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Oxfam, 2001 - Political Science - 92 pages
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More rural people live below the poverty line in Bolivia than in any other country in the world. While the country's rich natural resources are controlled and exploited by a privileged minority, the indigenous majority struggle to subsist on the poorest soils, or migrate to swell the teeming shanty towns that surround the cities. Disempowered and marginalised for centuries, the indigenous elements of this culturally diverse nation are now uniting to claim the right to be heard and to be included in the political process. This Profile examines the phenomenon of the campaign for 'popular participation', which aspires to create a more equal society, one in which the poorest will be protected from the rigours of economic 'stabilisation' measures, and the economic potential of the nation can be realised for the benefit of all.

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Page 83 - The Spanish brought their own tradition of religious art which, in the hands of local indigenous and mestizo builders and artisans, developed into a rich and distinctive style of architecture, painting, and sculpture known as mestizo baroque.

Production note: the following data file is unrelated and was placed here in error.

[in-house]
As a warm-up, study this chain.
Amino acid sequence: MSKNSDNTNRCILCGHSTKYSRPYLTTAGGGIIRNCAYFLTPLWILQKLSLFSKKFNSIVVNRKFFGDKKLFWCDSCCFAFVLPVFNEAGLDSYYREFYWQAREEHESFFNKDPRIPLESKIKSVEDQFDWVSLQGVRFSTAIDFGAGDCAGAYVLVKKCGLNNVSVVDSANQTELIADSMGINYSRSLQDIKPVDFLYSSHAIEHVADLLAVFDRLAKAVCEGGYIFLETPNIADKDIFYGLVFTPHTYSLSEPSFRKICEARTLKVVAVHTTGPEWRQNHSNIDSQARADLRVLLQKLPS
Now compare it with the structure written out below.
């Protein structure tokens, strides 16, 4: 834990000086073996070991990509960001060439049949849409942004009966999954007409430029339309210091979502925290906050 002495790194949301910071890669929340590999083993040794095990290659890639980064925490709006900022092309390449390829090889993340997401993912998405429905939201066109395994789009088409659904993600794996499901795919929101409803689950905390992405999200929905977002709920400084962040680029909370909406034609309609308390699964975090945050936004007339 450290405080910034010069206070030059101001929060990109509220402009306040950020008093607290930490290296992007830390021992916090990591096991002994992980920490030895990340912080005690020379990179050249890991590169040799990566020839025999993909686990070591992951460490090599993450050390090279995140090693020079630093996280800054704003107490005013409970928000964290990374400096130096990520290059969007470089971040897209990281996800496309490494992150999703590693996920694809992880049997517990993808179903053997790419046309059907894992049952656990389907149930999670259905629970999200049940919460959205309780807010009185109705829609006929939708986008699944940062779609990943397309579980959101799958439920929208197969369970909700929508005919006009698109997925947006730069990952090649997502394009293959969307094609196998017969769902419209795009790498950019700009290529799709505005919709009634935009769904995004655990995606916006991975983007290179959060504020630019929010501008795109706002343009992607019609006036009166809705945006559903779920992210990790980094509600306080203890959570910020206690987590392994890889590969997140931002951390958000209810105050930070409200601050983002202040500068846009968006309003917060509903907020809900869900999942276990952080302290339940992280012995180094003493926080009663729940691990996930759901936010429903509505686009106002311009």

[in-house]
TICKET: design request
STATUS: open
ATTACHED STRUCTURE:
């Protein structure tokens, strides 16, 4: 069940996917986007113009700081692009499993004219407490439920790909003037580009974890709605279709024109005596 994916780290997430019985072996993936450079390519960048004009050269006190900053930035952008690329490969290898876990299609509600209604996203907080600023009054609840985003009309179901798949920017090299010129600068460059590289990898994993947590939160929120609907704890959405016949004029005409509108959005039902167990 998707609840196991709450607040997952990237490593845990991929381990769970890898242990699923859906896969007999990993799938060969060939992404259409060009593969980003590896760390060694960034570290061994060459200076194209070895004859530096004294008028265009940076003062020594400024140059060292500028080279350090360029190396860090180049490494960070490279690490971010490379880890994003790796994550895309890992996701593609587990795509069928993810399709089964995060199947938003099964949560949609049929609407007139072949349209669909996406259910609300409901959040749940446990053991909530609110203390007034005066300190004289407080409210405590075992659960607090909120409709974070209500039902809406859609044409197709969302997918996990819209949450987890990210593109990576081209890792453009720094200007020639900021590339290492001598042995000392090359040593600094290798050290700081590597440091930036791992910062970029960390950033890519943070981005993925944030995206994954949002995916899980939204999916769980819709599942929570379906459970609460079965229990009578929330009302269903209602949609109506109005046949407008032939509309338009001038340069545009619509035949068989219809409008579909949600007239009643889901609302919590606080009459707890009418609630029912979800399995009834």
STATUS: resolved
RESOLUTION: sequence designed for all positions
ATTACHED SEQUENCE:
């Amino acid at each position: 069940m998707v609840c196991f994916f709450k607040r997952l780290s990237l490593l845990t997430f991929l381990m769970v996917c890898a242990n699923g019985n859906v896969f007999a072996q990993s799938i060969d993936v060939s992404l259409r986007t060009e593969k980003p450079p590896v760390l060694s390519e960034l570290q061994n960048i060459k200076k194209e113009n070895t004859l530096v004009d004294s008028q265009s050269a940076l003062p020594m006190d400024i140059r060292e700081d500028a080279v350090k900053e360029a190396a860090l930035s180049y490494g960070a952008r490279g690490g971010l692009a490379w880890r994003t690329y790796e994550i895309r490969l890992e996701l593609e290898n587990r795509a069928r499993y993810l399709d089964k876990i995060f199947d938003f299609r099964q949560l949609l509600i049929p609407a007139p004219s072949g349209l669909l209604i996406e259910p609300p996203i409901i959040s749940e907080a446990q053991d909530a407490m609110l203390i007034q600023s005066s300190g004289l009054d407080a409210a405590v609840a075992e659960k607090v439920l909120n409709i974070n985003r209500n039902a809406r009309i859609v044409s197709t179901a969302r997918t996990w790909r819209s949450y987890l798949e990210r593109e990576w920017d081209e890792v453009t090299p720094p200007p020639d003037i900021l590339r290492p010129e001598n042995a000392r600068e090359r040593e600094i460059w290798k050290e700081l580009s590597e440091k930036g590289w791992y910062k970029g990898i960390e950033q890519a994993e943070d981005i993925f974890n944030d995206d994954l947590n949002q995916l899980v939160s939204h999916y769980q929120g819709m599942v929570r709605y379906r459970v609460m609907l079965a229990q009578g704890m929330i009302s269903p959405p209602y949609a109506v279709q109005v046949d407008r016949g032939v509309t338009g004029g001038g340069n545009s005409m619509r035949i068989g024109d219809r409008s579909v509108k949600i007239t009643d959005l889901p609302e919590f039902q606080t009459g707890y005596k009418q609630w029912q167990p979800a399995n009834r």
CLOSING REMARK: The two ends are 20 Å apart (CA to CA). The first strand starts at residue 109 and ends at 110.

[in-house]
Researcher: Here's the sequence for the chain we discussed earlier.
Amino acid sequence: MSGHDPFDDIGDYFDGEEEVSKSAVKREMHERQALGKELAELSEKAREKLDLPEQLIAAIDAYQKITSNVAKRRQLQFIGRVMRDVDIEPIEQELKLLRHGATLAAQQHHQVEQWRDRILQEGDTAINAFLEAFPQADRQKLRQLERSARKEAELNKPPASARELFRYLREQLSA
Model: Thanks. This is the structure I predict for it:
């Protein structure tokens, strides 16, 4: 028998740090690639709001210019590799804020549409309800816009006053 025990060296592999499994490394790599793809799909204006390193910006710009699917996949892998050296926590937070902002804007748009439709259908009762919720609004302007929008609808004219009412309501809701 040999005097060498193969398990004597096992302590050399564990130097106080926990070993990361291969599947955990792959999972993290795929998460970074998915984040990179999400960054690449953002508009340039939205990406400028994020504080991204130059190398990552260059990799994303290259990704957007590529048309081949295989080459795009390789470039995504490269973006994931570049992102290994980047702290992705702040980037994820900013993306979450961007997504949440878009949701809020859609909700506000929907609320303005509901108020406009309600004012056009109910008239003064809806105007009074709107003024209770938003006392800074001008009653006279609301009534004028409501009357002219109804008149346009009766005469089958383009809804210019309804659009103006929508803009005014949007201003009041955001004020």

Page 28 - Confederation of Peasant Workers of Bolivia (Confederacion Sindical Unica de Trabajadores Campesinos de Bolivia, CSUTCB...
Page 61 - The combination of these two laws constitutes the most ambitious attempt on the continent to bring power to the people, making local government a site of real authority and economic decision-making.

About the author (2001)

Marcela Lopez Levy works as a researcher and editor at the Latin America Bureau in London.